Paul Hill looks at what the long-term future holds for the foodservice industry
Last year, the UK foodservice sector was predicted to grow from £98.4bn to £106bn in total market value by 2030*. However, the Covid-19 pandemic has shocked the industry on a monumental level, with foodservice wholesalers losing between 70% and 100% of their customer base overnight and bankruptcy looking like a stark reality.
Furthermore, despite measures slowly being relaxed and companies implementing innovative methods to remain profitable, the foodservice landscape is not expected to be back to the pre-Covid-19 days for at least another six-to-12 months. Research backs this up: 66% of 211 foodservice outlet owners questioned in April by KAM Media stated that they wouldn’t survive without more government support.
The vast majority said that a significant break from rent obligations was required to survive. The findings also revealed the sector will need a long recovery time once the lockdown ends, with 86% of businesses believing consumers will eat out less and 82% expecting consumers to not be drinking out as much.
As well as this, 83% of those questioned expect customer numbers to be down for at least six months after re-opening; 38% said they would expect it to take at least a year for footfall to return to pre-lockdown levels. The Federation of Wholesale Distributors’ (FWD) chief executive, James Bielby, echoes these thoughts.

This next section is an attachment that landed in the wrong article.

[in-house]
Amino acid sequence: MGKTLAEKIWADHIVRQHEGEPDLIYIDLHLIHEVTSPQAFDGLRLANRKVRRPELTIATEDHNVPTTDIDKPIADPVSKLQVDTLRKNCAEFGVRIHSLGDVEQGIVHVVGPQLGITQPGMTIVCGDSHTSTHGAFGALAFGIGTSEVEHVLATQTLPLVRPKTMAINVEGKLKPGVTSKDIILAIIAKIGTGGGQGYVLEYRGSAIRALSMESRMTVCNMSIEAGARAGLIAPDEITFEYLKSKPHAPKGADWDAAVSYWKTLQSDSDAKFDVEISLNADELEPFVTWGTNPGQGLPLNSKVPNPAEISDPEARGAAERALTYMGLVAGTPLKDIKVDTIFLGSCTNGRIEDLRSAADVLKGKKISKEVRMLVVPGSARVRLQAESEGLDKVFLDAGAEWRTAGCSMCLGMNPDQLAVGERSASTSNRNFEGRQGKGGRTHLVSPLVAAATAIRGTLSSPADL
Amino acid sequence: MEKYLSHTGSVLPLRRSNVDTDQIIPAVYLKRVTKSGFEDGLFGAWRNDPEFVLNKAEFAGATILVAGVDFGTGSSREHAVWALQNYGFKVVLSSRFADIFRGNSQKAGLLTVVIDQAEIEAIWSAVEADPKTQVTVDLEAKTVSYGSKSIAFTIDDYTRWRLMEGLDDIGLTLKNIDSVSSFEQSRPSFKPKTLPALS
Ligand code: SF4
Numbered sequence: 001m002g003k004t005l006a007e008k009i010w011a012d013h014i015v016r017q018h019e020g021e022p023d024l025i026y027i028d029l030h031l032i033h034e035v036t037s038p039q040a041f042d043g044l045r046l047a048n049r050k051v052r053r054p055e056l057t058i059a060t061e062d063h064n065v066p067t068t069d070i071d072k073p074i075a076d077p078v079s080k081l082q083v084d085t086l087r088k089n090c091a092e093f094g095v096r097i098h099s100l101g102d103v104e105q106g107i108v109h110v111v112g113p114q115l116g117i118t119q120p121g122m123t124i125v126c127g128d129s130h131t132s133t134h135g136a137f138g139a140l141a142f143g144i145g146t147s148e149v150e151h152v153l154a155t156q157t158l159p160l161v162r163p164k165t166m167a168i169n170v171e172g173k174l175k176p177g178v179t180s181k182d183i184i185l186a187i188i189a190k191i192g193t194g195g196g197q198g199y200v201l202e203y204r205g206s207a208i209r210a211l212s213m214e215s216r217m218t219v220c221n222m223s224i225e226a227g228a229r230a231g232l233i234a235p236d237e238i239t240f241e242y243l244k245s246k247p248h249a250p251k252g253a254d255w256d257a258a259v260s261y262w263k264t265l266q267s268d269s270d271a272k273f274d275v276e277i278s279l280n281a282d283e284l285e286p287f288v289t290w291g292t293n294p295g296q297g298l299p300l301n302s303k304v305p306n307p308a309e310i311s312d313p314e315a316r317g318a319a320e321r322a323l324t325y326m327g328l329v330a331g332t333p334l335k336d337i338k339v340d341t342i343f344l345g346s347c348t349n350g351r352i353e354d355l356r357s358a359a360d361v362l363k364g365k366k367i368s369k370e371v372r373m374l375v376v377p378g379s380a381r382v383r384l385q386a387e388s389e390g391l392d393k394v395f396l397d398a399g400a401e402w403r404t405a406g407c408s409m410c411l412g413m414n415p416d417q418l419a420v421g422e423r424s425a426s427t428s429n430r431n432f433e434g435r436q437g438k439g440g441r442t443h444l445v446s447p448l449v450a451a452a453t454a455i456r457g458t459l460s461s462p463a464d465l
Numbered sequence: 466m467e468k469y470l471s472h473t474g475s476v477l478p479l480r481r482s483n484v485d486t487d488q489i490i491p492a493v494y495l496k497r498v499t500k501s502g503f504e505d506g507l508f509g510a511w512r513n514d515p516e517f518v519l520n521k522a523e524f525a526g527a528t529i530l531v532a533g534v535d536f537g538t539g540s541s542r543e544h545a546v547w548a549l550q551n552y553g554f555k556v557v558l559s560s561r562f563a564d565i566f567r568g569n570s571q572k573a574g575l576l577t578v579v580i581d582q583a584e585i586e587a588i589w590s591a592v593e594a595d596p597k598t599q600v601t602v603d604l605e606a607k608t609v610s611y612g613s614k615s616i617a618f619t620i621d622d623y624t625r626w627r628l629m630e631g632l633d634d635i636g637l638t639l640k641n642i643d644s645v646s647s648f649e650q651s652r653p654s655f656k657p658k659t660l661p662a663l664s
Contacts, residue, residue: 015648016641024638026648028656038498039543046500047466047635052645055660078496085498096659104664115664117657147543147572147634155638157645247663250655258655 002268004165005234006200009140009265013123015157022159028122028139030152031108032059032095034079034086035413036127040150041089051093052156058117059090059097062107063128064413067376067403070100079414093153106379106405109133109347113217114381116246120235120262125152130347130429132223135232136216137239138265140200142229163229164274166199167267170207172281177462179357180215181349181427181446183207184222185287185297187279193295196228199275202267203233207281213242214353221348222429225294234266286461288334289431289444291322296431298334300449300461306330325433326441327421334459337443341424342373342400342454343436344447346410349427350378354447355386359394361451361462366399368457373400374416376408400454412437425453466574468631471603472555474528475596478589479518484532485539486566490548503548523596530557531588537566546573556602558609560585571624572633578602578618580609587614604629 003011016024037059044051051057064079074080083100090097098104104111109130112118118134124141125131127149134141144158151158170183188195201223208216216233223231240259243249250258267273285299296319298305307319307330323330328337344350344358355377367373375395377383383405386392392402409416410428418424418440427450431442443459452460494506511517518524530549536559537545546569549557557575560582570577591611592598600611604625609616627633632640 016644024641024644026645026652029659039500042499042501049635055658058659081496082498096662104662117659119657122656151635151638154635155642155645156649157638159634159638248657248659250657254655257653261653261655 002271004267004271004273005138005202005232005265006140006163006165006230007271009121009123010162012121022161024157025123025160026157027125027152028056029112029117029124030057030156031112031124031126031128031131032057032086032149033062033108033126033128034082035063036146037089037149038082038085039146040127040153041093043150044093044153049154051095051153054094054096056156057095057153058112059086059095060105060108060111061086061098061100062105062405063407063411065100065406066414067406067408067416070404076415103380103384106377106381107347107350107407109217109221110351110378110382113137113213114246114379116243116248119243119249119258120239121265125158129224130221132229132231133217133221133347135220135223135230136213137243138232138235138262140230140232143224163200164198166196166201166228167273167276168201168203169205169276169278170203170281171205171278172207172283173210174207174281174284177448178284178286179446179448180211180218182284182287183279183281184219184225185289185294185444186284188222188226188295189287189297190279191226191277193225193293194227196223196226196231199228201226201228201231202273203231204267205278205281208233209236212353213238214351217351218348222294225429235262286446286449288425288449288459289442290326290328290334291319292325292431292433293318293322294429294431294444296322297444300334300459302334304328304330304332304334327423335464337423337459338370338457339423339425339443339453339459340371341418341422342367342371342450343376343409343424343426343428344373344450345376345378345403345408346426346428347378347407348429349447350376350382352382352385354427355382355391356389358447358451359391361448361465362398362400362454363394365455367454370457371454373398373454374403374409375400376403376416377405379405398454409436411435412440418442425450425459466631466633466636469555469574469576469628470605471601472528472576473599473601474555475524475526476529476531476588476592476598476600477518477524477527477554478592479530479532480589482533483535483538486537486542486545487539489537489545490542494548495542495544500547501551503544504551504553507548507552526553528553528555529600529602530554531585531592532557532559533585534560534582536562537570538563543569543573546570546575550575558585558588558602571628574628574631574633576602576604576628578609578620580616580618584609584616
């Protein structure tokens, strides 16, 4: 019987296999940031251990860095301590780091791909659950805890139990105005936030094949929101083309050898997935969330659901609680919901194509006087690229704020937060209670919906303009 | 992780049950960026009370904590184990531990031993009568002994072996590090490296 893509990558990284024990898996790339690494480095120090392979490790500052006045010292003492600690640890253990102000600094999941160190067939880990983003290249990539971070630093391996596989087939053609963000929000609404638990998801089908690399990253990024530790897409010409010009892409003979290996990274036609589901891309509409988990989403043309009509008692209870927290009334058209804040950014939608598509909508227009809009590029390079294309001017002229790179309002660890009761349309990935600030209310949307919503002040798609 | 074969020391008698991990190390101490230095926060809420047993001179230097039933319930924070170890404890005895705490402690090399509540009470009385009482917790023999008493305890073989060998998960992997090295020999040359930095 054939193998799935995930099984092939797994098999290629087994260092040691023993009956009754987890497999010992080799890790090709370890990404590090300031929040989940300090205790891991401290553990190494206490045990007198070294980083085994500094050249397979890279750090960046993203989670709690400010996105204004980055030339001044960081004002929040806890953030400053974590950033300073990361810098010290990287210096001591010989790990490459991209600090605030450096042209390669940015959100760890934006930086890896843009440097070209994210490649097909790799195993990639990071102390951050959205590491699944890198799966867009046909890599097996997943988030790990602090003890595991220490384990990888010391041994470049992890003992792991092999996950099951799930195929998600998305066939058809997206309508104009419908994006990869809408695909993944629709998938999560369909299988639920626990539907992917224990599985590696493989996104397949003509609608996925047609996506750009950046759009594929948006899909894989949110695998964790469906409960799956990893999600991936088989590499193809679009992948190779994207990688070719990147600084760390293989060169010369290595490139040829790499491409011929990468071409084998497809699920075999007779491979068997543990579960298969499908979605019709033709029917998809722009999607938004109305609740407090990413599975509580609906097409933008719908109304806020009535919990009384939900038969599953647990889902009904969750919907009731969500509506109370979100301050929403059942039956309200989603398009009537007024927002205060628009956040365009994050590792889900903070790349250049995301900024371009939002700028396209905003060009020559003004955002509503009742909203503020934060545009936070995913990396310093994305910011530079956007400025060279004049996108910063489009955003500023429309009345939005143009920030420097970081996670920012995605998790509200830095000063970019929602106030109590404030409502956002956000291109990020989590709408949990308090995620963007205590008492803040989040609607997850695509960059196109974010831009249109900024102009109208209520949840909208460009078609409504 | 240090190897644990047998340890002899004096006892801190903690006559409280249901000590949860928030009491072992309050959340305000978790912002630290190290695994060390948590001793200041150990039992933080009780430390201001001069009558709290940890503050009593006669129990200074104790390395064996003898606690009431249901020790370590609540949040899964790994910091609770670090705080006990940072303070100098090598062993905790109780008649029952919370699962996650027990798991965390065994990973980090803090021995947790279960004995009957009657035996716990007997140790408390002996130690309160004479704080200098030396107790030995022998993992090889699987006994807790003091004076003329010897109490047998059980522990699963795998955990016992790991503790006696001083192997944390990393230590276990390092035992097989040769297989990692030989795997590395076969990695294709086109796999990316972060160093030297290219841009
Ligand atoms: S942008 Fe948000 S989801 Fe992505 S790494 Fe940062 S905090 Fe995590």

He appeared on national news to highlight the desperate situation many of its members find themselves in. “We are calling on the government to offer some sort of tax relief on products that, through no fault of their own, wholesalers are having to dispose of,” he said. “The danger is that pubs, restaurants, hotels and leisure will open their doors again for the public, but there won’t be enough food in the supply chain to feed them,” he added. “If there are issues around cash flow and a squeeze on credit, it means there won’t be those businesses available to supply those business reopening their doors.”
Last month, the FWD and Scottish Wholesale Association (SWA) wrote an open letter to 350,000 foodservice outlets asking them to use funding to settle outstanding invoices in order to keep vital supply chains open. This follows support from local authorities via the Retail, Hospitality and Leisure Grant Fund. Certain businesses that were told to close their doors have received up to £25,000.
“The majority of your businesses are temporarily closed, but when the time comes to reopen, we will be there, along with our supplier partners, to work alongside you and help reignite our economy,” the letter reads.
So, it is clear that support from the Treasury is needed for the foodservice industry to continue functioning in the long term. Wholesalers that serve both retail and foodservice can shift resources internally, but for the pure foodservice distributors, no customers means no cash. These companies are in grave danger and, without help soon, the UK wholesale industry will be shocked on a level never seen before.